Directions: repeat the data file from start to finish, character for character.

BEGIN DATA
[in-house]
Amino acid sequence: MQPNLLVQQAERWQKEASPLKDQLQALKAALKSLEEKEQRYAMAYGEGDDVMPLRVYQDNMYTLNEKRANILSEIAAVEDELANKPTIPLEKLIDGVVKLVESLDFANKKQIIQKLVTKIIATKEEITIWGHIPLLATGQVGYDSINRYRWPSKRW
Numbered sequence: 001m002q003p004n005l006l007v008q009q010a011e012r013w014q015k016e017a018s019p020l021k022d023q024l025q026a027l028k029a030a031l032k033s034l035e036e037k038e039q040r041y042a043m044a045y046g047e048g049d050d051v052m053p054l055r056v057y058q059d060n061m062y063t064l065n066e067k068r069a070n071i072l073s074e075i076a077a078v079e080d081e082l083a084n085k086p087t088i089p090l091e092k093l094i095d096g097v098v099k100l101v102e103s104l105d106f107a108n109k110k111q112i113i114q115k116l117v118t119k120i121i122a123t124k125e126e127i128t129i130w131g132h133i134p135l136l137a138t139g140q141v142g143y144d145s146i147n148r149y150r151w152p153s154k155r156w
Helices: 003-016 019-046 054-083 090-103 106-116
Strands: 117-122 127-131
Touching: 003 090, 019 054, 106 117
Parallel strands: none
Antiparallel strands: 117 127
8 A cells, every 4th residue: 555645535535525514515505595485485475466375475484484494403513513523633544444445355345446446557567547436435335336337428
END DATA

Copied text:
[in-house]
Amino acid sequence: MQPNLLVQQAERWQKEASPLKDQLQALKAALKSLEEKEQRYAMAYGEGDDVMPLRVYQDNMYTLNEKRANILSEIAAVEDELANKPTIPLEKLIDGVVKLVESLDFANKKQIIQKLVTKIIATKEEITIWGHIPLLATGQVGYDSINRYRWPSKRW
Numbered sequence: 001m002q003p004n005l006l007v008q009q010a011e012r013w014q015k016e017a018s019p020l021k022d023q024l025q026a027l028k029a030a031l032k033s034l035e036e037k038e039q040r041y042a043m044a045y046g047e048g049d050d051v052m053p054l055r056v057y058q059d060n061m062y063t064l065n066e067k068r069a070n071i072l073s074e075i076a077a078v079e080d081e082l083a084n085k086p087t088i089p090l091e092k093l094i095d096g097v098v099k100l101v102e103s104l105d106f107a108n109k110k111q112i113i114q115k116l117v118t119k120i121i122a123t124k125e126e127i128t129i130w131g132h133i134p135l136l137a138t139g140q141v142g143y144d145s146i147n148r149y150r151w152p153s154k155r156w
Helices: 003-016 019-046 054-083 090-103 106-116
Strands: 117-122 127-131
Touching: 003 090, 019 054, 106 117
Parallel strands: none
Antiparallel strands: 117 127
8 A cells, every 4th residue: 555645535535525514515505595485485475466375475484484494403513513523633544444445355345446446557567547436435335336337428